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Top Publishing Tips for Early Career Researchers with Central Asian Survey Editor, Rico Isaacs

Rico Isaacs, Professor of International Politics at the University of Lincoln, regularly read and cited Central Asian Survey (CAS) during his PhD. Sixteen years later, he is now the Editor of the journal. In our second interview with Rico (as part of our ‘Meet the Editors’ series), we ask his advice on how to get published, the journal’s plans for 2024/2025 upcoming special issues, and Central Asian Survey’s important role in bringing Central Asian academic voices to the fore.

Rico Isaacs

1. You have been the Editor of Central Asian Survey (CAS) for five years now, why did you want to get involved?

For me, editorial roles are part of the broader academic service we should provide for the discipline. It is about service and the different ways in which we can contribute to scholarly knowledge. My involvement with CAS emerged from my experience of editing several volumes on the region and wanting to engage with and help younger scholars, especially those in the region, to get published. In this sense it is a rewarding role as you get to see the development of the latest research from the region and how the field is developing.  

2. What essential advice would you give to someone who is planning to submit an article to CAS? 

So, the most common issue which leads to articles being initially rejected is the extent to which manuscripts speak to the field of Central Asian studies. The research has to add to scholarly debates in relation to either broader Central Asian studies or look at a particular area or county in the region.

Some manuscripts will come in that initially look good, but perhaps they are more oriented to disciplinary debates. You notice this quite quickly, as the reference list has very few references of work on Central Asia. The readership of CAS is interested in Central Asia, so you really need to demonstrate that you are contributing to that debate.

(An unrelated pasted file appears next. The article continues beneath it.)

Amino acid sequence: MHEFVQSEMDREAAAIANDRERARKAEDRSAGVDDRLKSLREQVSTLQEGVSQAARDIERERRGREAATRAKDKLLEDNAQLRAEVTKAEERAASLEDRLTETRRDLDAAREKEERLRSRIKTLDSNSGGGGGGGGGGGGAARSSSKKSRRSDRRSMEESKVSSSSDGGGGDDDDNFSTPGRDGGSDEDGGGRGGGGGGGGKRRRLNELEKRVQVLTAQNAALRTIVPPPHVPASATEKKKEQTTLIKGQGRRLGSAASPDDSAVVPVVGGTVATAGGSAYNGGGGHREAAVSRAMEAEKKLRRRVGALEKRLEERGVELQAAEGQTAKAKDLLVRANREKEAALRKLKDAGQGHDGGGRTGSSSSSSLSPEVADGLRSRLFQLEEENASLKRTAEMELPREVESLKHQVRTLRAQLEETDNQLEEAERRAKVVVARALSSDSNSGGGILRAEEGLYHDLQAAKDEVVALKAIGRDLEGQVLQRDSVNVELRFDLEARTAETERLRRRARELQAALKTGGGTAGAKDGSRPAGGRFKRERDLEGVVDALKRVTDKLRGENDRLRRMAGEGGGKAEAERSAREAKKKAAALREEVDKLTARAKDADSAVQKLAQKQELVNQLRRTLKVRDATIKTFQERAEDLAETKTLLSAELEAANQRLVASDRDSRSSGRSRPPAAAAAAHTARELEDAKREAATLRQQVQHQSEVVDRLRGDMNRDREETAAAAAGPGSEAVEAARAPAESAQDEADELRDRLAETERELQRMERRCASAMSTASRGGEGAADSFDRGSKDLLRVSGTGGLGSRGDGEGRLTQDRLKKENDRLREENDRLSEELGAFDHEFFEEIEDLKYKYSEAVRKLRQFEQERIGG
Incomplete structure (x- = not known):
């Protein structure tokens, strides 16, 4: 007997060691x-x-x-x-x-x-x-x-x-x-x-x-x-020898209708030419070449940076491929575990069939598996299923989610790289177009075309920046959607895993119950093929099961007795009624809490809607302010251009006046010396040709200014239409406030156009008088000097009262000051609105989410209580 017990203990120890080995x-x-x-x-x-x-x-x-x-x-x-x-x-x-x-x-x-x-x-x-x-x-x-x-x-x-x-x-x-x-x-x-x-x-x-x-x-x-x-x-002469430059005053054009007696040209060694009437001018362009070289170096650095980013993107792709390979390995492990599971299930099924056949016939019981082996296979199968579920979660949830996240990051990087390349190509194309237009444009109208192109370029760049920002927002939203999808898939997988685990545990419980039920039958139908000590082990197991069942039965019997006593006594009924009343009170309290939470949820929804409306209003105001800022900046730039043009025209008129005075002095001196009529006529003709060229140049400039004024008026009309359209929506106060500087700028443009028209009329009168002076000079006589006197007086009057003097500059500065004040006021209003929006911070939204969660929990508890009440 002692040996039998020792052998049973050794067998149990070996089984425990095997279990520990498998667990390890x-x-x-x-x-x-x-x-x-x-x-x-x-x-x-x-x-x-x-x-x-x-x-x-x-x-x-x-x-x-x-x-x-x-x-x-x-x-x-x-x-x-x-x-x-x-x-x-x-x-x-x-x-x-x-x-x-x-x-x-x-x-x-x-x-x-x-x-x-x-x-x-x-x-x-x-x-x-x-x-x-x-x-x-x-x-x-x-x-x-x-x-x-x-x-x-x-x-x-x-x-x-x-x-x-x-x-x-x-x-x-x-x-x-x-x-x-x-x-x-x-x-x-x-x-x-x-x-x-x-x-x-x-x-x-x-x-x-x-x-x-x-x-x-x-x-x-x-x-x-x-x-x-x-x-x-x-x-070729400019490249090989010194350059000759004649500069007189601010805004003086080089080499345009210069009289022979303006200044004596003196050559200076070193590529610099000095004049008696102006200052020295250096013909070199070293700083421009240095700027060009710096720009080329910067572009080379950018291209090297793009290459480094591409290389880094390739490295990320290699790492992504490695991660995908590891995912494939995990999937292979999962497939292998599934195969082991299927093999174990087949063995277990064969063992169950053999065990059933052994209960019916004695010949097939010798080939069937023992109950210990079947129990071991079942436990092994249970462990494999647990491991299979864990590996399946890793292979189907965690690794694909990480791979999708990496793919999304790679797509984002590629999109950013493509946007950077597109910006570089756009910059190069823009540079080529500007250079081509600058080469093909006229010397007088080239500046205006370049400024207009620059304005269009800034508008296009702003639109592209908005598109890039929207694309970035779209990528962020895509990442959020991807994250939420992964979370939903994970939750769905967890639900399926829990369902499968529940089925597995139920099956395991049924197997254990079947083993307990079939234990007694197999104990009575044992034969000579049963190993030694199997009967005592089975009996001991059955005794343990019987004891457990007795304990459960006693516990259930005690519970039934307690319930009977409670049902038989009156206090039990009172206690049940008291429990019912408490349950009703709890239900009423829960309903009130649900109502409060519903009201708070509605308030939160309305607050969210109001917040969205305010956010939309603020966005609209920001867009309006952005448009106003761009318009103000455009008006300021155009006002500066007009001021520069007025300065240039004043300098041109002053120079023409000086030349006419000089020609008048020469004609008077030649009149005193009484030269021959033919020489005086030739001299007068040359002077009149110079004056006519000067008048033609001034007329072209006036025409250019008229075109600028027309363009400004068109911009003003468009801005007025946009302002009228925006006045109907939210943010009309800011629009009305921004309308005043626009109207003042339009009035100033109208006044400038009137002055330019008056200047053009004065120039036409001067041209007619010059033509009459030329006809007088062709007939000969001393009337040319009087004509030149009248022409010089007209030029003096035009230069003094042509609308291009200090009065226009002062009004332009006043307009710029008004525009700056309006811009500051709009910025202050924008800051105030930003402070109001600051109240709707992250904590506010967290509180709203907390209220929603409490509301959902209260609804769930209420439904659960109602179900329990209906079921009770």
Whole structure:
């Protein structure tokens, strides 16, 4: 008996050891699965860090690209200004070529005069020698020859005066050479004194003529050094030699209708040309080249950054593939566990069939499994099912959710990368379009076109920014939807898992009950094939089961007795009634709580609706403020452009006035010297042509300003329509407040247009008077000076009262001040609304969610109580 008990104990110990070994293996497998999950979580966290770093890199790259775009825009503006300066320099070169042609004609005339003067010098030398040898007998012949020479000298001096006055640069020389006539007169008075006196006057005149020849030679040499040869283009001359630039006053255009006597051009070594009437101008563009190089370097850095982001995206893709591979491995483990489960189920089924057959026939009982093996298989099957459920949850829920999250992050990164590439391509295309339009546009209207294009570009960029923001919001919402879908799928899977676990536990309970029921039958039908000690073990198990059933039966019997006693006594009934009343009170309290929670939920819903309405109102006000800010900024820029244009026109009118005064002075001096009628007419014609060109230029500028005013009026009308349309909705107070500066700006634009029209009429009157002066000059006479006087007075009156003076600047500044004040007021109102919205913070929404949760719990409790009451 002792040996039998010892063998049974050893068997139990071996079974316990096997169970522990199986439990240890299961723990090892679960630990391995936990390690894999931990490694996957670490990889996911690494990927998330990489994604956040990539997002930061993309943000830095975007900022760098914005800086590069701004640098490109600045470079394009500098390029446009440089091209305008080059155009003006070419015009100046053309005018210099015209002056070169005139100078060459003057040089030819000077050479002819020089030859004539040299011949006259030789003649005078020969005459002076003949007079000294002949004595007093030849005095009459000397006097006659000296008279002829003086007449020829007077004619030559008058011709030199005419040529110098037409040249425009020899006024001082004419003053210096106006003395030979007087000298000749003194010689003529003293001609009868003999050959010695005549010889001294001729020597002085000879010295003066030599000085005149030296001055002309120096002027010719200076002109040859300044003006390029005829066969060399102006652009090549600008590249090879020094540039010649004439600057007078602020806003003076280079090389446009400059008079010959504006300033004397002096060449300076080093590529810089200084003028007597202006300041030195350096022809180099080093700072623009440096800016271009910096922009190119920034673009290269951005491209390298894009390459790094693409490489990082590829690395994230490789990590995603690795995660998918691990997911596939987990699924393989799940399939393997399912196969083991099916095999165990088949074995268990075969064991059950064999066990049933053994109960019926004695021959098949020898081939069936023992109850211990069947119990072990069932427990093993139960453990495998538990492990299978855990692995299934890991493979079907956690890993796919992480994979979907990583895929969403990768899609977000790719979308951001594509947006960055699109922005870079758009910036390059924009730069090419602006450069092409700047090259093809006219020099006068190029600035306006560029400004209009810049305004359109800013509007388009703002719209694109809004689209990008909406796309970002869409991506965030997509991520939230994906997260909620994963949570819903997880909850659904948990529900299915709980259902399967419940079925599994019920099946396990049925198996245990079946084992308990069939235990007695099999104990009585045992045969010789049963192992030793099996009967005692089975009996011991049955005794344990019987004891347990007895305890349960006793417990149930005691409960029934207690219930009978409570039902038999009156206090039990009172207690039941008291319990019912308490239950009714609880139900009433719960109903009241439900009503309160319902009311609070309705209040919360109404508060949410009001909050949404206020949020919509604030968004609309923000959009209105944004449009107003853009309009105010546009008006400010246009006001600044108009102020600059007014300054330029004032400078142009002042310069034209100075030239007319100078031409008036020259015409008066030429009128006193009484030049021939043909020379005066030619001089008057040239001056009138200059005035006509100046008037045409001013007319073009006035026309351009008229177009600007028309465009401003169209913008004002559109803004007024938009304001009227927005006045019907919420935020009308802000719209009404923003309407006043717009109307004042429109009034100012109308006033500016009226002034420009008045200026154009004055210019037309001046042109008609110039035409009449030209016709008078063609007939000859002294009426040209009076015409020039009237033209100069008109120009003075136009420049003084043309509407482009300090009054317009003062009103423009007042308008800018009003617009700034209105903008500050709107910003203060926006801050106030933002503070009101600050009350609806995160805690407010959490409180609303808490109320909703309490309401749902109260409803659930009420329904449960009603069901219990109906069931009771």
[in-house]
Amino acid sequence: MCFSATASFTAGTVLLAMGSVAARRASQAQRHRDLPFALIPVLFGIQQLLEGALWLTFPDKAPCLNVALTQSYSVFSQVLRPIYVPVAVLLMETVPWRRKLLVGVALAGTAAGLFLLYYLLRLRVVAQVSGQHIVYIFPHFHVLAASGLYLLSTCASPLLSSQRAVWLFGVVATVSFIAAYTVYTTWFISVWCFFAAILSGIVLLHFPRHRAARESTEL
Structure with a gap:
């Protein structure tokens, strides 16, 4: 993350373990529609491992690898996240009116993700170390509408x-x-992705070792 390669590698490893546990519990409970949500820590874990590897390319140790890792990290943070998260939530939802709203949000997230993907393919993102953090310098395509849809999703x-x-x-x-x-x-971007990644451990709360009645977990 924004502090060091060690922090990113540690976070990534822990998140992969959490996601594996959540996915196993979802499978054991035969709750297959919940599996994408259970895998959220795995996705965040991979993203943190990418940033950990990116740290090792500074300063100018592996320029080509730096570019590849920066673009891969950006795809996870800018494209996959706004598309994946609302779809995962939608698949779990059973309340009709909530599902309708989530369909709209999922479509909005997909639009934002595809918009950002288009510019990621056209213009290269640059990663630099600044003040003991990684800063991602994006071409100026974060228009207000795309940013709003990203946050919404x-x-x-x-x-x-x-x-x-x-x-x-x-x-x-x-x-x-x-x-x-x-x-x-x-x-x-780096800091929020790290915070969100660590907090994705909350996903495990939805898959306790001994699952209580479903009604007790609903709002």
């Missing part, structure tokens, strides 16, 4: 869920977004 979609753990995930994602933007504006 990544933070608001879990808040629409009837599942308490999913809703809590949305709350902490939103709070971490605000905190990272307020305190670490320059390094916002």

Green cover of journal
Central Asian Survey cover

The other key issue I would point to is to ensure that the article demonstrates significance, originality and rigour. It is important authors are able to demonstrate why and how the research matters (it’s significance), how it contributes to scholarly knowledge (it’s originality) and that it presents a strong and coherent methodology for its findings (it’s rigour).

Finally, I would remind authors to ensure they read the submission guidelines prior to submitting to the journal and ensure they present the article in the format and style requested. These may be presentational and technical issues, but by presenting the best possible version of the article authors stand a better chance of their paper being sent out for peer review and impressing both myself and the reviewers.

3. What do you see as the future of the journal (for next year and beyond)?

The journal has an increasing readership through downloads and engagement, which is great. But I really hope that in the future, we see an increase in articles published by scholars from the region.

We have recently appointed two new book review editors, one of whom is based in Kazakhstan, Zhanibek Arynov at Nazarbayev University, in Astana, Kazakhstan and Philipp Lottholz is at the University of Marburg, Germany.  Their aim is to feature and review books (in English) that are actually published in the region itself in local languages. This is an important step for the journal in terms of opening itself up to the debates that are going on in the region in either local languages or in Russian.

In 2024, we are also introducing a short form article format (a Research Note), which will be managed by Jasmin Dall’Agnola, our associate editor. Research notes are shorter, peer-reviewed pieces designed to evoke a debate about a particular issue, controversy, or question that are timely and novel such as events in the region, emerging theories, topics, and methods. They have already provided a popular innovation for the journal, with a recent note published on insider-outside dynamics in queer research being downloaded nearly 500 times. This will provide new opportunities for shorter pieces that relate to the immediate events that are going on in the region. I think that’s quite exciting for the journal.